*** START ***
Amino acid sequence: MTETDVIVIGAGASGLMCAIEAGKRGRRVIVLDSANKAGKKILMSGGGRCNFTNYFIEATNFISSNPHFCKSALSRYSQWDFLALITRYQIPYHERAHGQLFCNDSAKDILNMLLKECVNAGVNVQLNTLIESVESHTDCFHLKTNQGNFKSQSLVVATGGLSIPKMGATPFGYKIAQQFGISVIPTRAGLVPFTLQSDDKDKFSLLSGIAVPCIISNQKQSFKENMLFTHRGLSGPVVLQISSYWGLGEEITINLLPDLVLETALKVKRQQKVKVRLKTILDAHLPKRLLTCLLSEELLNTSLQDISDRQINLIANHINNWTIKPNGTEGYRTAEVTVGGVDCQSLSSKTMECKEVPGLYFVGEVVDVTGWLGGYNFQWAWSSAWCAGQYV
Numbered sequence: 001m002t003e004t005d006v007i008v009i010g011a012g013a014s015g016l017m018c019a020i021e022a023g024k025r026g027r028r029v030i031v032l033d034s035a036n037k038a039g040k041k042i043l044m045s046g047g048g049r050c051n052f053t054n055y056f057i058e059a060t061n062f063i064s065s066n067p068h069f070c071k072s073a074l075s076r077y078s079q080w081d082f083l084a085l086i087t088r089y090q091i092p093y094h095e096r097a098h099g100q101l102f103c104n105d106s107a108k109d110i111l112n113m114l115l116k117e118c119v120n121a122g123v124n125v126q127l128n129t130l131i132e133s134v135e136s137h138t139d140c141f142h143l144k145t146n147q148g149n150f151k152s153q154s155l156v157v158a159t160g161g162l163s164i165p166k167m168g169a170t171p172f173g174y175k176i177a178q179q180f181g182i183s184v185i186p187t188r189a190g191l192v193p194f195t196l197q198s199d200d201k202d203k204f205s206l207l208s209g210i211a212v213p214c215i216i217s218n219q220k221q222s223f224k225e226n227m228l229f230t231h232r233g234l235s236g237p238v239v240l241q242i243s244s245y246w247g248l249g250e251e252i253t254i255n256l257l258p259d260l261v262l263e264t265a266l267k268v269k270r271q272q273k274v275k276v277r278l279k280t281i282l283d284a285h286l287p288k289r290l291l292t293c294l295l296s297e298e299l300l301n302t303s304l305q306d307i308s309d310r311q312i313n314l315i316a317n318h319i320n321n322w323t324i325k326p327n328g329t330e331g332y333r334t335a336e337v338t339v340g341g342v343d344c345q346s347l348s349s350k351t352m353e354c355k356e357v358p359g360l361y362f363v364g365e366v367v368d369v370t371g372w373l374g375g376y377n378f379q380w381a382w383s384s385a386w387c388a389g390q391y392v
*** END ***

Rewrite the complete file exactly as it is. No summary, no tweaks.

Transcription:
Amino acid sequence: MTETDVIVIGAGASGLMCAIEAGKRGRRVIVLDSANKAGKKILMSGGGRCNFTNYFIEATNFISSNPHFCKSALSRYSQWDFLALITRYQIPYHERAHGQLFCNDSAKDILNMLLKECVNAGVNVQLNTLIESVESHTDCFHLKTNQGNFKSQSLVVATGGLSIPKMGATPFGYKIAQQFGISVIPTRAGLVPFTLQSDDKDKFSLLSGIAVPCIISNQKQSFKENMLFTHRGLSGPVVLQISSYWGLGEEITINLLPDLVLETALKVKRQQKVKVRLKTILDAHLPKRLLTCLLSEELLNTSLQDISDRQINLIANHINNWTIKPNGTEGYRTAEVTVGGVDCQSLSSKTMECKEVPGLYFVGEVVDVTGWLGGYNFQWAWSSAWCAGQYV
Numbered sequence: 001m002t003e004t005d006v007i008v009i010g011a012g013a014s015g016l017m018c019a020i021e022a023g024k025r026g027r028r029v030i031v032l033d034s035a036n037k038a039g040k041k042i043l044m045s046g047g048g049r050c051n052f053t054n055y056f057i058e059a060t061n062f063i064s065s066n067p068h069f070c071k072s073a074l075s076r077y078s079q080w081d082f083l084a085l086i087t088r089y090q091i092p093y094h095e096r097a098h099g100q101l102f103c104n105d106s107a108k109d110i111l112n113m114l115l116k117e118c119v120n121a122g123v124n125v126q127l128n129t130l131i132e133s134v135e136s137h138t139d140c141f142h143l144k145t146n147q148g149n150f151k152s153q154s155l156v157v158a159t160g161g162l163s164i165p166k167m168g169a170t171p172f173g174y175k176i177a178q179q180f181g182i183s184v185i186p187t188r189a190g191l192v193p194f195t196l197q198s199d200d201k202d203k204f205s206l207l208s209g210i211a212v213p214c215i216i217s218n219q220k221q222s223f224k225e226n227m228l229f230t231h232r233g234l235s236g237p238v239v240l241q242i243s244s245y246w247g248l249g250e251e252i253t254i255n256l257l258p259d260l261v262l263e264t265a266l267k268v269k270r271q272q273k274v275k276v277r278l279k280t281i282l283d284a285h286l287p288k289r290l291l292t293c294l295l296s297e298e299l300l301n302t303s304l305q306d307i308s309d310r311q312i313n314l315i316a317n318h319i320n321n322w323t324i325k326p327n328g329t330e331g332y333r334t335a336e337v338t339v340g341g342v343d344c345q346s347l348s349s350k351t352m353e354c355k356e357v358p359g360l361y362f363v364g365e366v367v368d369v370t371g372w373l374g375g376y377n378f379q380w381a382w383s384s385a386w387c388a389g390q391y392v